The holidays are often a time of excess: richer food, more alcohol, and extra shopping trips to find gifts for everyone on your list. Adopting a more minimalist mentality may just be the secret to a healthier, happier holidays, with a lower environmental footprint at that. In keeping with mbg's new push toward making wellness a You. We. All journey, here are a few ways to simplify the holiday season and make it more about tradition and togetherness—and less about consumerism.
When you're decorating your home:
Make your own ornaments.
Instead of buying new ornaments to add to your collection every year, test out this easy DIY tree décor hack: Cut up some citrus circles, bake until fragrant, and hang the circles using some wire. This zero-waste ornament looks like stained glass, smells like happiness, and provides a beautiful, unexpected accent to your tree or wreath.
Don't purchase anything that has an expiration date.
The holidays can become wasteful when they cause us to buy things we use once a year and then throw away or relegate to storage. If you buy an artificial tree, vow to use it for the next nine years (this is the magic number when using a fake tree usually starts to become less environmentally taxing than buying a real one every year), or consider an understated "wall tree" if you live in a smaller space. And instead of buying themed decorations that only make sense to display during the holidays, go for items that speak to the season and can be used for the next few months, like woody candles, white hanging lights, and cozy throws.
Make everything do double duty.
Have some tinsel lying around? Use it to form letters on a wall for New Year's or your next celebration. Not sure what to do with baubles after you take your tree down? Use them as table accents during your next dinner party. Adopting a reuse mentality will help you remember that every purchase—even the seemingly spontaneous—should be an investment, not a whim.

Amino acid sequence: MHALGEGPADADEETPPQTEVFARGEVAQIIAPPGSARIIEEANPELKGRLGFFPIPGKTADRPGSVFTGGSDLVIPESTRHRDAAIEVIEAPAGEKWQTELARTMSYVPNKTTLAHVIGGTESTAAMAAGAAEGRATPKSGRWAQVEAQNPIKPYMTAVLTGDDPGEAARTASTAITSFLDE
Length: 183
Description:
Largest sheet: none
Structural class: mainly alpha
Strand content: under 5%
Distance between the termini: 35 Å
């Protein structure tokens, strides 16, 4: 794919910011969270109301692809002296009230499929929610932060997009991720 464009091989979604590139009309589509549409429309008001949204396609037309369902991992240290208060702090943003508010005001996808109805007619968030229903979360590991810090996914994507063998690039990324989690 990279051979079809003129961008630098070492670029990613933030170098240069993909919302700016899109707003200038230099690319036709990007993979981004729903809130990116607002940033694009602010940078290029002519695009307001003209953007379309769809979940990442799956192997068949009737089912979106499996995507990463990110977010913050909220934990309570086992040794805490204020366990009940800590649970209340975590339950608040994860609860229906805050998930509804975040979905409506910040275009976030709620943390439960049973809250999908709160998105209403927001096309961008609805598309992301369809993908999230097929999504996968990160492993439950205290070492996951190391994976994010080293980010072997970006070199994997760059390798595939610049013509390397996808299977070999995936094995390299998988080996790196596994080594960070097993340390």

When you're choosing gifts:
Go for experiences over things.
Ordering gifts for all of your loved ones from lands near and far can lead to some serious carbon emissions. Instead, check out mbg's 2017 holiday gift guide that prioritizes experiences over things. Studies show that in the long run, experiential gifts are far more fulfilling than material ones anyway, and small acts of kindness are the ones that pack the most love. So write a thoughtful letter, give a donation in someone's name, or plan a day to do something new together. And when somebody else asks what you want this year, make it known that you'd prefer non-gifts too.
Set a spending limit.
One way you can keep your gifting in check is by adopting the $100 holiday pledge that activist Bill McKibben describes in Mother Jones. He defends his choice to spend no more than $100 for family gifts on Christmas in saying, "If you believe that our consumer addiction represents our deepest problem—the force that keeps us from reaching out to others, from building a fair society, the force that drives so much of our environmental degradation—then Christmas is the nadir. Sure, advertising works its powerful dark magic year-round. But on Christmas morning, with everyone piling downstairs to mounds of presents, consumption is made literally sacred."
For any physical gifts you are giving this year, forgo wrapping paper in favor of brown paper bags, newspaper, old maps or calendars, or a reusable bag. This way, you're giving items a second life instead of buying new wrapping just to trash it.
When you're planning activities:
Seek out quiet moments of gratitude.
Instead of spending the holidays huddled around the TV, start a new tradition and welcome them with a gratitude ritual. Gather your family in a circle and ask each person to share one thing they are grateful for from the year that has passed, going one by one for a few moments. Then, cap it off by walking outside. Expressing gratitude and moving in nature are simple, proven ways to boost happiness—and they don't cost a thing.
This 3-day simplification plan will help you organize your life and cut out excess before the New Year.
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